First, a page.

August 2012 Archives
By now, the school year is back in session, but Chief Justice Roberts and his cohorts are still on summer recess, and will be until the next term begins on the first Monday in October. Actually, the new term begins with a conference the week before that -- appropriately called "the long conference" -- in which the justices review the thousands of legal petitions that have been filed over the summer months. When they do, they'll find no fewer than seven raising issues about gay marriage. Six of them relate to the Defense of Marriage Act, which prohibits gay couples from receiving Federal benefits, even if they live in one of the six states (plus the District of Columbia) that recognize gay marriage. The 1st Circuit struck down that provision of DOMA in May, and three other District Courts have done so; several of the petitions seek direct appeal from those latter decisions. The seventh petition is an appeal on Proposition 8, the California referendum which repealed gay marriage in that state, but which was struck down by the 9th Circuit. Perhaps the best indication of the sea change in attitudes toward gay marriage is the fact that DOMA was passed in 1996 by overwhelming margins -- votes of 85-14 in the Senate and 342-67 in the House -- and was signed by President Clinton.
One of the petitions the Court will not have to consider is in the case of Tibbals v. Carter; it already granted the petition in March, and the case is scheduled for oral argument the second week of October. We're all familiar with the fact that a defendant can't be tried as long as he's mentally incompetent, and the Supreme Court has long held that he can't be executed, either, a ban they extended to the mentally retarded in 2002. Tibbals raises the issue of whether an individual has the right to be competent in order to take part in Federal habeas review, or to have the case put off indefinitely.
No opinions from the Ohio Supreme Court last week, but the justices weren't on summer vacation: they heard oral argument in nine cases, three involving sex offender registration. I'll discuss those on Wednesday. The court will be back in session the week after Labor Day with oral arguments in seven more cases. Alas, it appears that the rate of miscreancy -- and don't look at me that way, it is a word -- among the bar seems to be on the uptick: five of the seven cases involve lawyer disciplinary actions.
So in the meantime, let's wander over to the courts of appeals, where nobody was on summer vacation; one of the busiest weeks in a while...
I tried my first murder case thirty years ago. There are two things I vividly remember about it. First, the judge screwed up big time. While my co-counsel, who I'll call Rick, was giving the closing argument, I jotted down the proposed assignments of error we were going to raise on appeal. There were nine of them. We wound up winning six.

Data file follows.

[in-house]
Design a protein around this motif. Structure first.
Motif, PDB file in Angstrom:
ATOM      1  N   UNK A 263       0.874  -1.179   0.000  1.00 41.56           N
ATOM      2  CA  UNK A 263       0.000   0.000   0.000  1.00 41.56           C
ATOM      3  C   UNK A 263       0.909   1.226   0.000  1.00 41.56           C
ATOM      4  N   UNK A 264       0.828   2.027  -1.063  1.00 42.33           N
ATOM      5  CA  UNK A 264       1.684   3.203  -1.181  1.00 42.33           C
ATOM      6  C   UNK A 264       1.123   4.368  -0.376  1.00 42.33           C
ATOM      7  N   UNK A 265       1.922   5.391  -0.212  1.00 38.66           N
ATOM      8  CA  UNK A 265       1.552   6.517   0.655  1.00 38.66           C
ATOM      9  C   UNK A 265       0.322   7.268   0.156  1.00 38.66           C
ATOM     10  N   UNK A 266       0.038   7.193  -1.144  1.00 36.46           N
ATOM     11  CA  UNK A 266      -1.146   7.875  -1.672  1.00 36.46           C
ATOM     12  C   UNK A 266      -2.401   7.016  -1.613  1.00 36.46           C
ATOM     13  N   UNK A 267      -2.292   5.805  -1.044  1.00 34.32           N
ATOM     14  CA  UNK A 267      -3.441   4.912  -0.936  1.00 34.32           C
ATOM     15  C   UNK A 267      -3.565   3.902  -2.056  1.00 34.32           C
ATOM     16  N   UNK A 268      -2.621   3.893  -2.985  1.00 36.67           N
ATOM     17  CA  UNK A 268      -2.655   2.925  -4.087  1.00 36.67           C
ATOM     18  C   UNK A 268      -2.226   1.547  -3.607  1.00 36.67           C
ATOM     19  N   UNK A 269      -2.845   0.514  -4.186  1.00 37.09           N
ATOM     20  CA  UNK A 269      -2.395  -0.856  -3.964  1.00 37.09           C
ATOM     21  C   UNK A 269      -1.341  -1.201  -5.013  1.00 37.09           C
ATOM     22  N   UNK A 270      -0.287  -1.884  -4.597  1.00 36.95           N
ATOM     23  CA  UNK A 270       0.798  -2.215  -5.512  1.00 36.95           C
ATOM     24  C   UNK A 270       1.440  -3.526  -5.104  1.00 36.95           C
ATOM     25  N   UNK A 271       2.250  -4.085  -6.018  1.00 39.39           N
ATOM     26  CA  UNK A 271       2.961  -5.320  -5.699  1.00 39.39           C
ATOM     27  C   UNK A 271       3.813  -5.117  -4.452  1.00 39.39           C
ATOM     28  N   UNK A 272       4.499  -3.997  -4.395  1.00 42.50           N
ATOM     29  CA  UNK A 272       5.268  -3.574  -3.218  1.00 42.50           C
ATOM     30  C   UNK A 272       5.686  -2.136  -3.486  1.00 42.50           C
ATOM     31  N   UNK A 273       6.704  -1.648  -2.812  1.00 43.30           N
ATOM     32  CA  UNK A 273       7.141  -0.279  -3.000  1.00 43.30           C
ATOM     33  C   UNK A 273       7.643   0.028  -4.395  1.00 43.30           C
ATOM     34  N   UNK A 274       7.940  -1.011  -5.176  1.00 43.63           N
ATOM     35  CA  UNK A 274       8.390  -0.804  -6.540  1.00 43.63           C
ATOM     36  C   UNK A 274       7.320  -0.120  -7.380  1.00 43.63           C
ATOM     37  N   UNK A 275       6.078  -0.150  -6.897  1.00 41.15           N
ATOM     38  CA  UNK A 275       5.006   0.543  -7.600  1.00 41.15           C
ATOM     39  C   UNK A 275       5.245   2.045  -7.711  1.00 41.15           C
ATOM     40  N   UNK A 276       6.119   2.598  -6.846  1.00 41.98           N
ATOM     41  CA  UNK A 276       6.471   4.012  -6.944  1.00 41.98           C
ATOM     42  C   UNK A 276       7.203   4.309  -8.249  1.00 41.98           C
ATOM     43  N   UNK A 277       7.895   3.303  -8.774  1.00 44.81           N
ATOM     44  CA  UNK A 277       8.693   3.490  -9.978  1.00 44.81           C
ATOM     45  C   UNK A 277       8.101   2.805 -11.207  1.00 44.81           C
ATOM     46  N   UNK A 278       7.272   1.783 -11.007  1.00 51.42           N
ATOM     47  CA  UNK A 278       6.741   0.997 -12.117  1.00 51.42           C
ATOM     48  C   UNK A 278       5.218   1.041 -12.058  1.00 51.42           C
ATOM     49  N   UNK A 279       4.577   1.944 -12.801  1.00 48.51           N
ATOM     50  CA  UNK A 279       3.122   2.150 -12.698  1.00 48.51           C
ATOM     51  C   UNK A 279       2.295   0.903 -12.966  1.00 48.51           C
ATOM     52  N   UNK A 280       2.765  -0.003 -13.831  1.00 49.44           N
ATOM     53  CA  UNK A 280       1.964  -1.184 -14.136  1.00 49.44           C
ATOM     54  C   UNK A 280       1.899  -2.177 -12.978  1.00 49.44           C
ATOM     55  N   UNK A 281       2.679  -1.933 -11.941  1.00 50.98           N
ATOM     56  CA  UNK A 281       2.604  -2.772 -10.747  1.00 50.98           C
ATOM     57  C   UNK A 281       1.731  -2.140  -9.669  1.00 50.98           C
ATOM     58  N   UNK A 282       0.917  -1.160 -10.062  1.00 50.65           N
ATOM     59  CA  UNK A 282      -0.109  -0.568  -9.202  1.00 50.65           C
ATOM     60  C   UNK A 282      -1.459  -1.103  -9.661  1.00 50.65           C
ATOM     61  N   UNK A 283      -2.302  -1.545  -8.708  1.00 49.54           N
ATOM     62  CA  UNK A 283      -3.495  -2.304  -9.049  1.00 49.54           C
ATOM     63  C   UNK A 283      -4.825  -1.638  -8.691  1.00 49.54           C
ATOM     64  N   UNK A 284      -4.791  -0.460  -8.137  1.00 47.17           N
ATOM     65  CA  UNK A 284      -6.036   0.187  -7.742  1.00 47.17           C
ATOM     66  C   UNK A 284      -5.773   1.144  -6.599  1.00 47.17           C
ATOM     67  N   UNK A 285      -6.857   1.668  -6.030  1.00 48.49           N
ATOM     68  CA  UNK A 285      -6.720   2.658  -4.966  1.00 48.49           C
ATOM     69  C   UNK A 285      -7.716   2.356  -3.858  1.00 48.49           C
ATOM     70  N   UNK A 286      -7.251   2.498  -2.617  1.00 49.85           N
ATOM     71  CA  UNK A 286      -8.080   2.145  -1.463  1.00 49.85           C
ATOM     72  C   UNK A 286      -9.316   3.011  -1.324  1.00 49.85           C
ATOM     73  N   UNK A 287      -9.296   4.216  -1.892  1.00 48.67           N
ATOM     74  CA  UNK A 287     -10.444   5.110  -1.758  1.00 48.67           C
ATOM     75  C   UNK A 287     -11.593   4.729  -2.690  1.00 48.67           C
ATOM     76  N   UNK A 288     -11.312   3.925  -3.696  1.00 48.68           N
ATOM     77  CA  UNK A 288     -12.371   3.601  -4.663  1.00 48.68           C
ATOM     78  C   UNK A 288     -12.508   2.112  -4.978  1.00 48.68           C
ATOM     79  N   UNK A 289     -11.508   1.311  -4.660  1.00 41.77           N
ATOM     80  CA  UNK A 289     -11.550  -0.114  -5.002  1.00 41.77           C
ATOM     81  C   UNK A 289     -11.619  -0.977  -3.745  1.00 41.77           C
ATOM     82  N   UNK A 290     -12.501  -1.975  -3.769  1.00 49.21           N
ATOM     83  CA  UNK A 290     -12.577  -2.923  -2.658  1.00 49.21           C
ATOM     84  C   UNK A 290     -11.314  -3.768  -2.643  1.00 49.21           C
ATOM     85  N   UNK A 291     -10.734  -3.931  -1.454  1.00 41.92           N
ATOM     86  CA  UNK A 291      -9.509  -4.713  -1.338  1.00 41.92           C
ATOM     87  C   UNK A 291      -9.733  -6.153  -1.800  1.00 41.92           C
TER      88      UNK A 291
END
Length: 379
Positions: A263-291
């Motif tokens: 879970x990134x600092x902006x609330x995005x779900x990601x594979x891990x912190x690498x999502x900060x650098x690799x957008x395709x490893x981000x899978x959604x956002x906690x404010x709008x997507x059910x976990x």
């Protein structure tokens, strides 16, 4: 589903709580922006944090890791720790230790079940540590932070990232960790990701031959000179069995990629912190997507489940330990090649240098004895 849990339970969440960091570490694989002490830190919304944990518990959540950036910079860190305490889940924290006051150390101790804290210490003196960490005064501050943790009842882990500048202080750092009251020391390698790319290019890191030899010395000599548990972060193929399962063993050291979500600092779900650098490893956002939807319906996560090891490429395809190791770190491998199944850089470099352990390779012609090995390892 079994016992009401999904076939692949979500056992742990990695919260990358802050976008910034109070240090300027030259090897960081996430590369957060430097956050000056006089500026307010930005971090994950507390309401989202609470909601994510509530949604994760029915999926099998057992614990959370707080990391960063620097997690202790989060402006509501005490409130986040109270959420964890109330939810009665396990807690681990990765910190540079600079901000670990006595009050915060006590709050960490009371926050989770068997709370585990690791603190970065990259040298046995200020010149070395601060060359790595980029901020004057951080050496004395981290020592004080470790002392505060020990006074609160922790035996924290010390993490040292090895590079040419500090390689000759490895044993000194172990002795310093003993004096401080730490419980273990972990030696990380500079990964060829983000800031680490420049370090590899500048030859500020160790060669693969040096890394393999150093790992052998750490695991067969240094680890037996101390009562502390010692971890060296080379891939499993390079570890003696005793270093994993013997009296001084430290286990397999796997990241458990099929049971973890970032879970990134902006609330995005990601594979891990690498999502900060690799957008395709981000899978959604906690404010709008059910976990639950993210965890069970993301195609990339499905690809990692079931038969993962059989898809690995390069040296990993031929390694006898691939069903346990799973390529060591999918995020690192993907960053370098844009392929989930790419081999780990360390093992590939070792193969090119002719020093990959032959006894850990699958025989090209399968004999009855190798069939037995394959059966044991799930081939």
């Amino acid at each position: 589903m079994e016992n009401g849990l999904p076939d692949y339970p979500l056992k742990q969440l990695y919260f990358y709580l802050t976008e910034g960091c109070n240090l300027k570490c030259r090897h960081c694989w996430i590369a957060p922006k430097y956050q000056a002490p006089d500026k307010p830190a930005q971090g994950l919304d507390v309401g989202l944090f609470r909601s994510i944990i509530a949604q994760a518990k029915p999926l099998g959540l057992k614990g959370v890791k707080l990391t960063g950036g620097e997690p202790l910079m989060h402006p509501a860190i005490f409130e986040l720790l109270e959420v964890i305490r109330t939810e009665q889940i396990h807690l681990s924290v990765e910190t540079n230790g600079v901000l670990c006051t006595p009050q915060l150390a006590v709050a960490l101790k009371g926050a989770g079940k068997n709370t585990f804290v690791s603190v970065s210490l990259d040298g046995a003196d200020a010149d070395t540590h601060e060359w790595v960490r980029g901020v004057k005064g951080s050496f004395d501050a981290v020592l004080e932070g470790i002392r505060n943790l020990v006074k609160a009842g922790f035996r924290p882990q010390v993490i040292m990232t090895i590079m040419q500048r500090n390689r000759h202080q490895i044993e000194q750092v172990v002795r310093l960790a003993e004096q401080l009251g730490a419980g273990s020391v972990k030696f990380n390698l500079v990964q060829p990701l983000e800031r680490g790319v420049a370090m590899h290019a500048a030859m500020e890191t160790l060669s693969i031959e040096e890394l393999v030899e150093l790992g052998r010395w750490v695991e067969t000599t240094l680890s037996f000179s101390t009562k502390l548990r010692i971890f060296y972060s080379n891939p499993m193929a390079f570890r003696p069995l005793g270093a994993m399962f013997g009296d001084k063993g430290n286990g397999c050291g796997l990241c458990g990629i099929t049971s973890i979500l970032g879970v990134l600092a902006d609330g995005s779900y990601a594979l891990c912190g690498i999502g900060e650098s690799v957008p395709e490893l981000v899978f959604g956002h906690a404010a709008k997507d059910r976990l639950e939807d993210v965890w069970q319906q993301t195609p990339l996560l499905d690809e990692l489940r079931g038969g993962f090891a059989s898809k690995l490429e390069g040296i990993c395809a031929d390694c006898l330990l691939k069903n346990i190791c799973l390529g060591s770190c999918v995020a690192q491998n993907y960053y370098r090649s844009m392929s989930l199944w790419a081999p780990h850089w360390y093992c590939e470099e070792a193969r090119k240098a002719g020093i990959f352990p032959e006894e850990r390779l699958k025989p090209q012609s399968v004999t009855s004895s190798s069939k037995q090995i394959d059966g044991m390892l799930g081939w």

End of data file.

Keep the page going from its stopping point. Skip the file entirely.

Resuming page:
The other thing I remember is that I had a lot of time to jot down the proposed assignments of error. An hour into Rick's closing argument, the judge called us up to the bench. "How much longer are you gonna be?" he asked Rick. "You're killing these people."
Me, I would've quickly turned to the jury, said, "Th-th-th-that's all, folks!" and crawled under the trial table. Rick went on for another hour. No deaths among the jury panel were reported, but it was a close thing.
In my last murder trial, this past January, my closing argument was thirty minutes. I felt that was a bit long.
The 911 tape of the call from Michael Griffith begins with him getting out of his car right after he got rear-ended and telling the operator he thinks the guy who hit him is drunk. Then you hear him say the guy "looks like he's going to run." You hear Griffith yell, "stop!" Then the phone goes dead.
About the same time, a women sees a gold Toyota 4Runner speed through an intersection, but it looks like something, maybe a garbage bag, is caught in the wheels. The "something" breaks free and rolls into a ditch as the Toyota speeds away. Ot's the body of Michael Griffith.
There were only two people who could've been driving the Toyota: Ethan, the defendant, or the state's star witness, Dustin.
When I wrote about the Castle Doctrine after it was first enacted, I questioned whether it was "worth all the fuss." The doctrine, codified in RC 2901.05(B), creates a presumption that the rightful occupant of a home or car is acting in self-defense if he uses deadly force against an intruder, and I noted that "it's not as though the nightly news regularly bombards us with scenes of homeowners being perp-walked out of their houses for shooting a burglar."
Confirming my prescience in matters of the law -- as opposed, say, to stocks, football, or life in general -- my BFF Lexis informs me that there have been only 13 cases involving the statute since its enactment over three years ago. But as shown by last week's decision by the 8th District in State v. Lewis, and the 5th District's decision earlier this year in State v. Petrone, whatever the law lacks in frequency of application, it more than makes up for in confusion.